It’s December 2016 and I’ve taken the afternoon to review and reflect on the last 12 months of my life.
For the first time ever I’ve managed to read 150 books in a year. I won’t lie, I’m feeling pretty smug.
But that was the high point.
Because when I tried to write down the top things I’d learned from those books I got… nothing.
Nada. Zero. White noise.
Beyond a few general ideas, I had literally no detailed memory of the works I’d just spent hundreds of hours of my year reading.
And so I began to write book summaries.
Why? Two reasons:
First – I realised I’d get far more from investing deeply in one excellent book and really connecting with it than reading 100 great books with cursory intimacy. (The same, it took me a long time to learn, goes for people.)
Second – I remembered from university that the only topics I’d understood with real clarity were those I’d written essays on.
Forcing yourself to rephrase and restructure information in your own words is by far the best way to build (and also the only real test for) understanding.
And here’s another pro tip: Forcing yourself to teach that information to someone else puts that same method into overdrive.
Why should that discovery matter to you? Because if you’re reading this, there’s a good chance you’re the kind of curious, thoughtful person who would love to accelerate their learning.
And if that’s the case, then perhaps the best thing you can be doing is not reading more book summaries or articles, but writing them.
If you write even one summary of your own this year, I promise you you’ll get more from the process than reading ten more books on the topic or a hundred 3rd party synopses.
Where should you start? If you haven’t already, grab a copy of my free 10-step effective reading cheat sheet from the top of the “Read More” section of F2M. (This is the same overall process I use to write all the book summaries on the site.)
Next – pick a book. Revisit something you love, or get inspiration from F2M’s growing number of reading lists.
Then – read, digest and summarise. Don’t worry if this process takes time or feels hard. Do what you can, from where you are, with what you have and you’ll improve as you go along.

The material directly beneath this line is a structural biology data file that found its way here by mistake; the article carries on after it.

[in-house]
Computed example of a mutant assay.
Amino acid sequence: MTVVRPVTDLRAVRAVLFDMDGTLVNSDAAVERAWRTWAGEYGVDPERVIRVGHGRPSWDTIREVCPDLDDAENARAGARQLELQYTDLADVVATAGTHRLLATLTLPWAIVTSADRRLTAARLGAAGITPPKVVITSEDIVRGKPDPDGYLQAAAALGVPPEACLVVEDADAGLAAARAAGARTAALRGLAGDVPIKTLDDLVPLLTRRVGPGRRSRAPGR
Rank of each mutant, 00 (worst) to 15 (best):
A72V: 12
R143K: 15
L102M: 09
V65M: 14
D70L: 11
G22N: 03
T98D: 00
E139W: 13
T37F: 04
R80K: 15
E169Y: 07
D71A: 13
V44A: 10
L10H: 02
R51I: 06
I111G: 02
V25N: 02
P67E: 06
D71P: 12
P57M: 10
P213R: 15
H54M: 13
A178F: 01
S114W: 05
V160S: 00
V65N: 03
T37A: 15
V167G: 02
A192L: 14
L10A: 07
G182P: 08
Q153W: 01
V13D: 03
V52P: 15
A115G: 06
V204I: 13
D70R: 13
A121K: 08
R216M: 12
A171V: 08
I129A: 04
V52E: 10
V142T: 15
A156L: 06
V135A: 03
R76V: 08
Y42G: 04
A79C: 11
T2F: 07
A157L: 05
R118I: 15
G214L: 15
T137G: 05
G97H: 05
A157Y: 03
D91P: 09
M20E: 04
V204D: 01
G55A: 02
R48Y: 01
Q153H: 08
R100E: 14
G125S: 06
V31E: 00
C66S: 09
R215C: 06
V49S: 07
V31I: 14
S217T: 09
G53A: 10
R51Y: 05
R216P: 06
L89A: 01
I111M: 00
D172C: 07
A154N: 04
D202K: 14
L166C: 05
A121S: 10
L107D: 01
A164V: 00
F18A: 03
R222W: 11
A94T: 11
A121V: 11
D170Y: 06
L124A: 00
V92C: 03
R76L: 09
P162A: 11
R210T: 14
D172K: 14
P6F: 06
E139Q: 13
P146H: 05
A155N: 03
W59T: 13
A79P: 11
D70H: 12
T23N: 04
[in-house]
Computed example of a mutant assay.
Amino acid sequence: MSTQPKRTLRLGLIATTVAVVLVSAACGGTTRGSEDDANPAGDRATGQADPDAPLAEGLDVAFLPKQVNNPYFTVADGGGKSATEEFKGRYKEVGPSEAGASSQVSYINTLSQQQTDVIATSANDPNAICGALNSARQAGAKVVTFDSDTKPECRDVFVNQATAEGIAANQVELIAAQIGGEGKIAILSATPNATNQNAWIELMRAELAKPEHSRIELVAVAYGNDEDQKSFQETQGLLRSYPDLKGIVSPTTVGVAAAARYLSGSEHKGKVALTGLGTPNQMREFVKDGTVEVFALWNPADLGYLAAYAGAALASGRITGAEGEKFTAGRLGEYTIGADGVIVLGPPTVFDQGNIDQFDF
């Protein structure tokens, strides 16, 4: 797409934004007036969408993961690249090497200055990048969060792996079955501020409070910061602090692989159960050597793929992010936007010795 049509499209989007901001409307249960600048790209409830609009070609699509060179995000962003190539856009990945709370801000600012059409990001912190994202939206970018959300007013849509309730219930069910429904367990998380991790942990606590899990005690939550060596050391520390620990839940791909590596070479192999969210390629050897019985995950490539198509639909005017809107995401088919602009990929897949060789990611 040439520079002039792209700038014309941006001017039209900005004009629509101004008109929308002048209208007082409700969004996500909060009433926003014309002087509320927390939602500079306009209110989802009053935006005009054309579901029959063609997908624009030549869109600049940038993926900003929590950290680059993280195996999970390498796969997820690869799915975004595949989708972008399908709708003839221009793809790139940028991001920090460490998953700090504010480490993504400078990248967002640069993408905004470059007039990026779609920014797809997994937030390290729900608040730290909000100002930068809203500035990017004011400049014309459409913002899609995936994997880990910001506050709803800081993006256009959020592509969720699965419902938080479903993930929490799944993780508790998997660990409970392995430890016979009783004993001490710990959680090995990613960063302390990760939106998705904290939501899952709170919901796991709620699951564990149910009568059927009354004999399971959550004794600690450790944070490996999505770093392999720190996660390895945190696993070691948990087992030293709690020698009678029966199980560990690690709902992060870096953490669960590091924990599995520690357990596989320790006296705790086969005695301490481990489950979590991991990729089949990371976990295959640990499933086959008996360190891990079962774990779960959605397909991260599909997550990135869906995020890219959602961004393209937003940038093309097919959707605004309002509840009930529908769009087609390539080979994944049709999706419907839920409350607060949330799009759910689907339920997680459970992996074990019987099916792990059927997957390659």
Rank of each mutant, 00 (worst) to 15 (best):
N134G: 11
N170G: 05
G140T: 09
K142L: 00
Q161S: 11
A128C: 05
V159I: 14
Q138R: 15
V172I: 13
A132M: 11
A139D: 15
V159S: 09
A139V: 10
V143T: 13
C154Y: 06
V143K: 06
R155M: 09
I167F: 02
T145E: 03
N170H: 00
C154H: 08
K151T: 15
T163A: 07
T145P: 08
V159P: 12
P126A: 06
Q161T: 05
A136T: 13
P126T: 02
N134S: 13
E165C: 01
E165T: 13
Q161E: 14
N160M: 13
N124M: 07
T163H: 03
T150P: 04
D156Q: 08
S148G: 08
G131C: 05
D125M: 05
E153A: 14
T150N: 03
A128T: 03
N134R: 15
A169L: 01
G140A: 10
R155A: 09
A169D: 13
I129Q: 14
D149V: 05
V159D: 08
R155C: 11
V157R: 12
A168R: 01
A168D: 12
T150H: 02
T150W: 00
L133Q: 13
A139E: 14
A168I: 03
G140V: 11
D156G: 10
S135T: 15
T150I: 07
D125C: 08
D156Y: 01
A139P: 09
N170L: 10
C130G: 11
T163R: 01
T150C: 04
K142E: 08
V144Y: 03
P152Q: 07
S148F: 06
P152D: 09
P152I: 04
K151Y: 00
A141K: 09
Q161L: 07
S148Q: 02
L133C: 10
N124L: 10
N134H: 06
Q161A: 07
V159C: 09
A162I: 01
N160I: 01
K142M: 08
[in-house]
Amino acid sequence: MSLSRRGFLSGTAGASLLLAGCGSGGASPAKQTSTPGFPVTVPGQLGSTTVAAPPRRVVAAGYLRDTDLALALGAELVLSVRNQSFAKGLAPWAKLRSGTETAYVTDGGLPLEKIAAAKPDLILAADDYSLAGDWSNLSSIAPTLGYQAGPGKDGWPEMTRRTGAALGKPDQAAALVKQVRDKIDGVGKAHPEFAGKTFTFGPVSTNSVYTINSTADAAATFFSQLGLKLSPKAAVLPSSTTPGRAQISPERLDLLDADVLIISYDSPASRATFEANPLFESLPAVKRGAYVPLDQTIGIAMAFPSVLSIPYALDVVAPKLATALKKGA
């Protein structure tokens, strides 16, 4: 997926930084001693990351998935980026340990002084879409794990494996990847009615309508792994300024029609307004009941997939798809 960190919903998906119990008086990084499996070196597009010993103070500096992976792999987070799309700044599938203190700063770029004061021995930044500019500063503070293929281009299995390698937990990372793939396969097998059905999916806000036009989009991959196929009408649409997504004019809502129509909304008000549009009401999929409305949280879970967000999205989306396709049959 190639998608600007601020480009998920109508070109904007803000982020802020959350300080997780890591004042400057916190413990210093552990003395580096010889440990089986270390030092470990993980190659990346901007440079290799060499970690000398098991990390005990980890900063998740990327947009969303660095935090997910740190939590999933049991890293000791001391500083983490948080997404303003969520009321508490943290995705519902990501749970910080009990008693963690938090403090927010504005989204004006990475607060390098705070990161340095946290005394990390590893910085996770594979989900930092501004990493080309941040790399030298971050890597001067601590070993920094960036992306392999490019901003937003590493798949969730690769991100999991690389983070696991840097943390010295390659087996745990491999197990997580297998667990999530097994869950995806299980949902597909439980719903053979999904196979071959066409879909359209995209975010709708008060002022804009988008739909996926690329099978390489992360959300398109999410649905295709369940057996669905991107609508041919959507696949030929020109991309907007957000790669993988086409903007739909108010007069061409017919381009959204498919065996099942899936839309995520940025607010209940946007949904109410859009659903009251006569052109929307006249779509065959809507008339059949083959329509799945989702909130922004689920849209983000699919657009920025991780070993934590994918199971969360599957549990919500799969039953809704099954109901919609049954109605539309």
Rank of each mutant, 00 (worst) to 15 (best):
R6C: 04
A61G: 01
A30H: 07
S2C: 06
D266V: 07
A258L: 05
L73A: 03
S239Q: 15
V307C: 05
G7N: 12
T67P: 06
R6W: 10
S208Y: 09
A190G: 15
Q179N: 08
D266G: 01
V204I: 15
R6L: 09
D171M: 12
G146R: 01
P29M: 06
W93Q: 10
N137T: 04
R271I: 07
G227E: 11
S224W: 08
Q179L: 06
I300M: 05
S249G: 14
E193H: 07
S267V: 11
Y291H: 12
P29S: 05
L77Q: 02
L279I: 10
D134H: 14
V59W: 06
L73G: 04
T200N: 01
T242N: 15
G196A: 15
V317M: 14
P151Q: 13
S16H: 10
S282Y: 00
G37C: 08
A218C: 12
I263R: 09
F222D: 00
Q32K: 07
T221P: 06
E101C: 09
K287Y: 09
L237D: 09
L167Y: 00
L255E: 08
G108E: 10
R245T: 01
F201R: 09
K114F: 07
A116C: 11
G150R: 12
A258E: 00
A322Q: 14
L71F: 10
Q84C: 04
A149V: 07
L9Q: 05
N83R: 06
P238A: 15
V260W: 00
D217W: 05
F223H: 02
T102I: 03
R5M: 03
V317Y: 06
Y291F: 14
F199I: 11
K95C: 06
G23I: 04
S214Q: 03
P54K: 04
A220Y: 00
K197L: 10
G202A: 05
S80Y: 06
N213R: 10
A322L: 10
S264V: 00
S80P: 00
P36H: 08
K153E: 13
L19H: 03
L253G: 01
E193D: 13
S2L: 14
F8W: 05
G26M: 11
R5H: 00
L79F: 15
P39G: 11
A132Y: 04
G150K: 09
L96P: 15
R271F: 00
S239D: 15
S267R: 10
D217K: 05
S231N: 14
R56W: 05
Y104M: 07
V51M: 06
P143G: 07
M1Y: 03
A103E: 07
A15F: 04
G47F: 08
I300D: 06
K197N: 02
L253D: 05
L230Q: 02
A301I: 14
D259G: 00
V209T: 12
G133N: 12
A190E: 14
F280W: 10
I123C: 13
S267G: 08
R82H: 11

Summarising a book means closing the gap between your mind and that of an author. That’s a tough thing to do, even with decades of practice, but the rewards are well worth it.
Finally – (optional, though recommended) post your efforts online. This was probably one of the hardest steps I took mentally but also the most rewarding.
Not only has doing so taken my summaries (and understanding) to the next level, it’s also connected me with wonderful people like you.
Where should you publish? A great, free option is something like Medium.com. It’s the “YouTube of writing” and a wonderful, low-risk environment to get started in.
Or (like me) you can go straight to a blog.
Getting a basic, no-tech-skills-needed blog up and running takes about 30 minutes and is honestly as easy as that. (Of course, there’s tons more to learn, but if you get that far, let me know and I’ll send you some resources to help.)
Don’t get me wrong, I’m not suggesting that reading without summarising is pointless. Devouring books, summaries and articles is an invaluable habit and skill.
But if you’re already a voracious reader and want to throw a life-changing curveball into the mix here’s my suggestion:
Read less. Write more.
Clear writing means clear thinking. Clear thinking means clear action. And clear action is the key to happiness – for you and the people around you.
Take the leap from consumer to creator and see what happens. Because as someone who’s experienced both sides I can tell you, the grass on this side of the fence is pretty awesome.